It is estimated 10 percent of gastroesophageal reflux disease (GERD) patients fail medical therapy. To determine if surgery should be considered, it is essential to have a proper evaluation to see if you are a good candidate.
There are four common tests to help identify whether anti-reflux surgery is right for you:
- Barium esophagram
- Upper endoscopy
- Esophageal manometry
- 24-hour pH monitoring
Anti-reflux surgery is becoming more common today with new minimally invasive techniques such as the laparoscopic Nissen Fundoplication.
Current Indications For Surgery Include:
- Symptoms and signs not responding to medical therapy
- Severe esophagitis
- Esophageal stricture (hiatal hernia, young patients who are unable or unwilling to maintain lifelong acid suppression)
The goal of surgery is to restore lower esophageal sphincter function to decrease the stomach and intestine contents from refluxing into the esophagus. It is also important in the surgery to keep a small amount of the esophagus in the abdominal cavity.
How Does Nissen Fundoplication Work?
In the laparoscopic Nissen Fundoplication, four to five incisions are made in the abdomen to insert a laparoscopic camera and small grasping instruments. These incisions are approximately two centimeters long.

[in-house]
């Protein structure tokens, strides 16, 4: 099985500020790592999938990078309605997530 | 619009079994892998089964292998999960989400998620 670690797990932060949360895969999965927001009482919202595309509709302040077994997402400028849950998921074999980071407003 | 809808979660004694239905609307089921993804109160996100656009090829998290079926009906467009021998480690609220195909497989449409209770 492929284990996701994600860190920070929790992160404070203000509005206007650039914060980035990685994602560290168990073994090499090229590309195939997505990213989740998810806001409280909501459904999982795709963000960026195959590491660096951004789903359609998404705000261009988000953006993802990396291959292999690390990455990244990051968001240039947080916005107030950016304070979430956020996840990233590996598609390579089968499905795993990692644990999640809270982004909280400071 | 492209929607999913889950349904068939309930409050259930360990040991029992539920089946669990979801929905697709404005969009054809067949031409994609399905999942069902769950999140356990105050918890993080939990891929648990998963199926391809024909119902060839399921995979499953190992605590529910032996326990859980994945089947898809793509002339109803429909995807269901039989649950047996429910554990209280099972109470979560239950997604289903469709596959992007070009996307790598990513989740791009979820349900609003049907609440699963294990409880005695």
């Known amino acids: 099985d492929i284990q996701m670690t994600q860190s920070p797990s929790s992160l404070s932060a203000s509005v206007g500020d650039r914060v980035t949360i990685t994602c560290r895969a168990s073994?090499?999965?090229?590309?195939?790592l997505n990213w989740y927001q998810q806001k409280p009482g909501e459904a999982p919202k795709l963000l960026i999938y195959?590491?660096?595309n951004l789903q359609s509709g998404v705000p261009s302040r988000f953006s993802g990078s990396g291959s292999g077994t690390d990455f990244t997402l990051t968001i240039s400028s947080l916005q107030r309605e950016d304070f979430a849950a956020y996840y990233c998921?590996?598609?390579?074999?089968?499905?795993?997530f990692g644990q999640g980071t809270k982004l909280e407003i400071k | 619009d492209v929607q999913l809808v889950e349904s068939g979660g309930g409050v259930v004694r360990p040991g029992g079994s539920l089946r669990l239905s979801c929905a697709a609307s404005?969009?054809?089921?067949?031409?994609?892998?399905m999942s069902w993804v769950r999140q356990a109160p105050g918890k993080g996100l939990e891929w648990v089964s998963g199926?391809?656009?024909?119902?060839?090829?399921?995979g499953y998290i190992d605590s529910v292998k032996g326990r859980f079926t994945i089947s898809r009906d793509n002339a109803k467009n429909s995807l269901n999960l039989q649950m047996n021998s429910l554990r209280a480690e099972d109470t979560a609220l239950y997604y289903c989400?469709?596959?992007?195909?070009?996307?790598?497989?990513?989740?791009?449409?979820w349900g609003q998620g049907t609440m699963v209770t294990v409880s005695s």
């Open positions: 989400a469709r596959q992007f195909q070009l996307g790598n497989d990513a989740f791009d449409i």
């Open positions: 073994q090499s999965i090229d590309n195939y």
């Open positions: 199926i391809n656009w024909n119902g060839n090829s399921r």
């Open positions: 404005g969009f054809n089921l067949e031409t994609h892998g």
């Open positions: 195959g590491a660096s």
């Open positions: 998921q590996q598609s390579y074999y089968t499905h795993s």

The top of the stomach, called the fundus, is wrapped around the esophagus after being carefully dissected away from other abdominal tissue to prevent bleeding or injury. The stomach wrap helps to strengthen the lower esophageal sphincter to prevent reflux of stomach contents.
Patients are generally able to start a full liquid diet the day after surgery, which will be continued for two weeks after surgery to give the stomach time to heal. Patients will typically go home the day after surgery.
If the surgery is more complex, such as repairing a hiatal hernia as well as doing a laparoscopic Nissen Fundoplication, the patient may stay for a few nights in the hospital.
The incisions used during a Nissen Fundoplication procedure are small and heal quickly. The sutures are absorbable, eliminating the need for removal.
Potential complications from Nissen Fundoplication include dysphagia (difficulty swallowing) and gas bloat. These complications are less as surgeons continue to improve their techniques and understanding of how the stomach should be wrapped around the esophagus. The average rate of conversion from the minimally invasive laparoscopic approach to an open approach is approximately two percent. Of note, a reduction of esophageal cancer has not been shown with the use of anti-reflux surgery.